Hope Springs Eternal

30 Dec

In April of 1889, the Washington Nationals were preparing to open the season at home against the Philadelphia Quakers.

The Washington Critic editorialized about the fortunes of the local team:

“As is proper, the National Capital has a club competing for the pennant, which indicates championship in the national game, but unfortunately, this club has never yet succeeded in winning the coveted emblem.  The ‘Senators,’ as a facetious country has dubbed out baseball players, are engaged usually in a desperate struggle to keep from taking place near the tail end of the league at the tail end of the season, and if the Goddess of Liberty on the dome of the Capitol has any local pride she must weep at what she has seen happen in the park a few blocks north of her.  She has observed the home club walloped all over the grounds and has been humiliated beyond endurance.”

The Nationals had been members of the National League for three underachieving season; 28-92 in 1886 (eighth place), 46-76 in 1887 (seventh place), and 48-86 in 1888 (eighth place).  John Morrill would open the 1889 season as the team’s fifth manager:

John Morrill

John Morrill

“There is a prospect of better baseball fortunes for Washington in the season opening today.  There are, up to date at least, no dissensions in the club, and a stalwart and resolute group are prepared to do battle for the pennant.  They may not win the trophy, but it is tolerably certain that they will give a good account of themselves, and that when ‘Senators’ are referred to in terms of opprobrium , reference will be had to those belonging to that club ‘where wealth accumulates and men decay,’ rather than to our baseball team.”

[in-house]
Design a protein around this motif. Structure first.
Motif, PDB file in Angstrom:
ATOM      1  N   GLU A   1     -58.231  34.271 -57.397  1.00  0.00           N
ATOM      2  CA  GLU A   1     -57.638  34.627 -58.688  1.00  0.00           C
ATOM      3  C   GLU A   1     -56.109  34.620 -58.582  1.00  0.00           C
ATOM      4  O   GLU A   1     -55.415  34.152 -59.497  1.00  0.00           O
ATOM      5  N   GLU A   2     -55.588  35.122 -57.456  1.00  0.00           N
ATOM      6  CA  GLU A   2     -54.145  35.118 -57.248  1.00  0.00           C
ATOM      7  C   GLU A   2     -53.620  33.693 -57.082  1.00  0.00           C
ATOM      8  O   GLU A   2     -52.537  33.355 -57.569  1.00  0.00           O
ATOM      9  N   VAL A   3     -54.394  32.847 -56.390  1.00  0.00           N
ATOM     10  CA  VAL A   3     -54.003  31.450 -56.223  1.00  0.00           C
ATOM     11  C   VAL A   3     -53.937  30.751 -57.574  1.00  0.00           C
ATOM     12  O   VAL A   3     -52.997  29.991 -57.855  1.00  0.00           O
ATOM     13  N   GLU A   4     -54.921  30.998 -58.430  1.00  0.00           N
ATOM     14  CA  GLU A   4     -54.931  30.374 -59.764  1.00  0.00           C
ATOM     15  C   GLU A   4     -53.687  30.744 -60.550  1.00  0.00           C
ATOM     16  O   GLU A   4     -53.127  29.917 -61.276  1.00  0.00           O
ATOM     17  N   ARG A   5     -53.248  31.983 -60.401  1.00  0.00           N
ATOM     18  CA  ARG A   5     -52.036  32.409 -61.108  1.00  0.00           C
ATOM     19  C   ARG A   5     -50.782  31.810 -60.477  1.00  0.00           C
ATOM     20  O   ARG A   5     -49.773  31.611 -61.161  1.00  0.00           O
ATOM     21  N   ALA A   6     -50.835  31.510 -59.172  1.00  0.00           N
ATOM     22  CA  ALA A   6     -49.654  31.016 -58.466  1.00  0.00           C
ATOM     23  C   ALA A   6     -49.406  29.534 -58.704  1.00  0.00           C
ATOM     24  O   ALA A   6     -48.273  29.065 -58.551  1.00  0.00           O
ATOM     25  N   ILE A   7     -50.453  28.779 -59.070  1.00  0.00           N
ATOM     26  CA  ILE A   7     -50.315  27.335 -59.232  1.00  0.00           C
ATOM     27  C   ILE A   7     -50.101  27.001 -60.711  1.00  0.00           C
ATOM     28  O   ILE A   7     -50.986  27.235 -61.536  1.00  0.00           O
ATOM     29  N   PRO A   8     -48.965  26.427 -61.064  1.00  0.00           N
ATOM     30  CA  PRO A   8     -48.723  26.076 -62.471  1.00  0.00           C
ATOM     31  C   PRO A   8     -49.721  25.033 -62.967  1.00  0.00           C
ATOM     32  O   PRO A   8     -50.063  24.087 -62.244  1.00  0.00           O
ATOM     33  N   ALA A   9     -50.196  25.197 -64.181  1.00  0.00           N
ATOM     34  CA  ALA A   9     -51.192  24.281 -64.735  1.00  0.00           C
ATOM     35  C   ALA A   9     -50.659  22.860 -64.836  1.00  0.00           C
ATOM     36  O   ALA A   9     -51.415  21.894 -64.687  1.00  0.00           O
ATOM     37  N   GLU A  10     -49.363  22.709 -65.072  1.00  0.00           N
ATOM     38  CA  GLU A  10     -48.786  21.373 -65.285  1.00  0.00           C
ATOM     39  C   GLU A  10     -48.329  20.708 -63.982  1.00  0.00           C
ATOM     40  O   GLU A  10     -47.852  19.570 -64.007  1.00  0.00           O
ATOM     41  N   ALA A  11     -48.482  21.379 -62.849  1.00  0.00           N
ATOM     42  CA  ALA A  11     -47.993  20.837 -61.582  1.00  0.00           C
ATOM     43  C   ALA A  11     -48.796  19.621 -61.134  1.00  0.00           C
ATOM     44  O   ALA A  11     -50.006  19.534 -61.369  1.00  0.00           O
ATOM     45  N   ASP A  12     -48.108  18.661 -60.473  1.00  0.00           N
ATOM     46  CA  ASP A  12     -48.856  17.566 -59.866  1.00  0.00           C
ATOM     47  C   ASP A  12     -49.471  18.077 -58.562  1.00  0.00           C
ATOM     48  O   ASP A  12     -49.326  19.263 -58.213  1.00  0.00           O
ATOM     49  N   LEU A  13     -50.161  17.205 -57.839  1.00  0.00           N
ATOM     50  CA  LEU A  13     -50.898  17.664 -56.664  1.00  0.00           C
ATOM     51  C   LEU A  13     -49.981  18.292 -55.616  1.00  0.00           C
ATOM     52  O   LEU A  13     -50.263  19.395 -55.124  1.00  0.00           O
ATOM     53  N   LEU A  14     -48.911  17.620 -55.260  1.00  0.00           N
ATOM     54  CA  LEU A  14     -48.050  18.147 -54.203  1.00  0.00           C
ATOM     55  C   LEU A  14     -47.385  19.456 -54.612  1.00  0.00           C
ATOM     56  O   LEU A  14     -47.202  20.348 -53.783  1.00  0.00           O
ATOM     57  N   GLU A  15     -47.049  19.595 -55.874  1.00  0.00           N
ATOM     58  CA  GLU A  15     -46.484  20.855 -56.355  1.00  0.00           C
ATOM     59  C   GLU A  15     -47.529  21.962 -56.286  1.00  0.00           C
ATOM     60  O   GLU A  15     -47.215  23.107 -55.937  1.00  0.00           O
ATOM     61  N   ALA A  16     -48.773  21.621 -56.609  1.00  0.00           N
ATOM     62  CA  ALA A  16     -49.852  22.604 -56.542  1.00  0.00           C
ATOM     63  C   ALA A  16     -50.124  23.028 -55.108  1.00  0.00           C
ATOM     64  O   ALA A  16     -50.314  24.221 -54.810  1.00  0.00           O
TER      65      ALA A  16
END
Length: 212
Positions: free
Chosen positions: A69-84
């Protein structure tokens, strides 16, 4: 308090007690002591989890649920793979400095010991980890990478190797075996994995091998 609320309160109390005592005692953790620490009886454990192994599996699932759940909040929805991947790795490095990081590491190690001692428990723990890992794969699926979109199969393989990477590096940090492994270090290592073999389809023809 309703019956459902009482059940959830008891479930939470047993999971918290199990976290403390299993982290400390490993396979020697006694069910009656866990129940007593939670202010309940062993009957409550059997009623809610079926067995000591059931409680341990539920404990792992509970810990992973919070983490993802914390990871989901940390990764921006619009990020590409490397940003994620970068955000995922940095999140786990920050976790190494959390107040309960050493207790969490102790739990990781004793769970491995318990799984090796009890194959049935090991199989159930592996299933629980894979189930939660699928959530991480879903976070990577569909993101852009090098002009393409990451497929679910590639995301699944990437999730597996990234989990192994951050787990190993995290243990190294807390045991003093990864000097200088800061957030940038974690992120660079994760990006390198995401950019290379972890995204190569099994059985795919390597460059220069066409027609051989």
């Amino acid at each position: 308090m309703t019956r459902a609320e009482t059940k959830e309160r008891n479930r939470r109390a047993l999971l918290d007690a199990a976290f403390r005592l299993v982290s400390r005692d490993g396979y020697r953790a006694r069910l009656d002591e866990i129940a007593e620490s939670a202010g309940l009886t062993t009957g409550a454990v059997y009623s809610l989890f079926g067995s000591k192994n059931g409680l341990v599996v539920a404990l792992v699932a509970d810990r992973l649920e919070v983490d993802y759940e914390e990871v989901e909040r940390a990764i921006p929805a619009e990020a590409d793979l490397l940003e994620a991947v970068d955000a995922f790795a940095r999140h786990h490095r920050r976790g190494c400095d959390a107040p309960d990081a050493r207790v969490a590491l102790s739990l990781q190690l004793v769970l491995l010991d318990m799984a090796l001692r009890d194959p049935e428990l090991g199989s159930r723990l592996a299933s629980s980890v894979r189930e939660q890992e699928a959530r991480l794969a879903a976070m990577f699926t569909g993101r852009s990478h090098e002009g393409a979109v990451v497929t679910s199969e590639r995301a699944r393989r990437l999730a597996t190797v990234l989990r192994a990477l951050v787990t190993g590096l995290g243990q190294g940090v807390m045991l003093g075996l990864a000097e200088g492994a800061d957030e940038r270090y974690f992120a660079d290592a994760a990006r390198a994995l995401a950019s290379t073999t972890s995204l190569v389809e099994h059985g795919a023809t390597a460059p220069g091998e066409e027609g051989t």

There would be no “prospect of better baseball fortunes’ for Washington.  The Nationals lost the opener to Philadelphia, then lost seven more.  In July, John Morrill, who had led the team to a 13-38 record and was hitting .185, was replaced as manager and released.  Arthur Irwin did better (but only slightly better) at the helm.  The team went 28-45 the rest of the way, finishing in eighth place with a 41-83 record.  The team disbanded at the end of the season.

Arthur Irwin

Arthur Irwin

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4 Responses to “Hope Springs Eternal”

Trackbacks/Pingbacks

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